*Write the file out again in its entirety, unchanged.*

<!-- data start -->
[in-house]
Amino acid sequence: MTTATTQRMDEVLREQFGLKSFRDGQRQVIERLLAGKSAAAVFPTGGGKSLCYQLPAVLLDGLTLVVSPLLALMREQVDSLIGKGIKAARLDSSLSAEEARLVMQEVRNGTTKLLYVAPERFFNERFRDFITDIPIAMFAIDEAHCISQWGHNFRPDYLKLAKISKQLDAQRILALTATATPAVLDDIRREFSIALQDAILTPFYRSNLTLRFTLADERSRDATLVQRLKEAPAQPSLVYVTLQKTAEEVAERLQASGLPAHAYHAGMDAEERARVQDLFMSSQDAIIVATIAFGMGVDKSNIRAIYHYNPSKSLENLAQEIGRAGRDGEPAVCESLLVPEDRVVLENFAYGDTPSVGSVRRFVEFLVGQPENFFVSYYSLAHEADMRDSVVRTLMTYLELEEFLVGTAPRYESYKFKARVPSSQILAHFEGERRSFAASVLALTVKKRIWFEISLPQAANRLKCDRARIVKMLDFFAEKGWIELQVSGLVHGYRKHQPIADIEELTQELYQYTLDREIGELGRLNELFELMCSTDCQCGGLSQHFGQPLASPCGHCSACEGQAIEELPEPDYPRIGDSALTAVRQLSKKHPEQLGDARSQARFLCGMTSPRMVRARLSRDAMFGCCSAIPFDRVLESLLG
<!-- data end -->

[in-house]
Amino acid sequence: MTTATTQRMDEVLREQFGLKSFRDGQRQVIERLLAGKSAAAVFPTGGGKSLCYQLPAVLLDGLTLVVSPLLALMREQVDSLIGKGIKAARLDSSLSAEEARLVMQEVRNGTTKLLYVAPERFFNERFRDFITDIPIAMFAIDEAHCISQWGHNFRPDYLKLAKISKQLDAQRILALTATATPAVLDDIRREFSIALQDAILTPFYRSNLTLRFTLADERSRDATLVQRLKEAPAQPSLVYVTLQKTAEEVAERLQASGLPAHAYHAGMDAEERARVQDLFMSSQDAIIVATIAFGMGVDKSNIRAIYHYNPSKSLENLAQEIGRAGRDGEPAVCESLLVPEDRVVLENFAYGDTPSVGSVRRFVEFLVGQPENFFVSYYSLAHEADMRDSVVRTLMTYLELEEFLVGTAPRYESYKFKARVPSSQILAHFEGERRSFAASVLALTVKKRIWFEISLPQAANRLKCDRARIVKMLDFFAEKGWIELQVSGLVHGYRKHQPIADIEELTQELYQYTLDREIGELGRLNELFELMCSTDCQCGGLSQHFGQPLASPCGHCSACEGQAIEELPEPDYPRIGDSALTAVRQLSKKHPEQLGDARSQARFLCGMTSPRMVRARLSRDAMFGCCSAIPFDRVLESLLG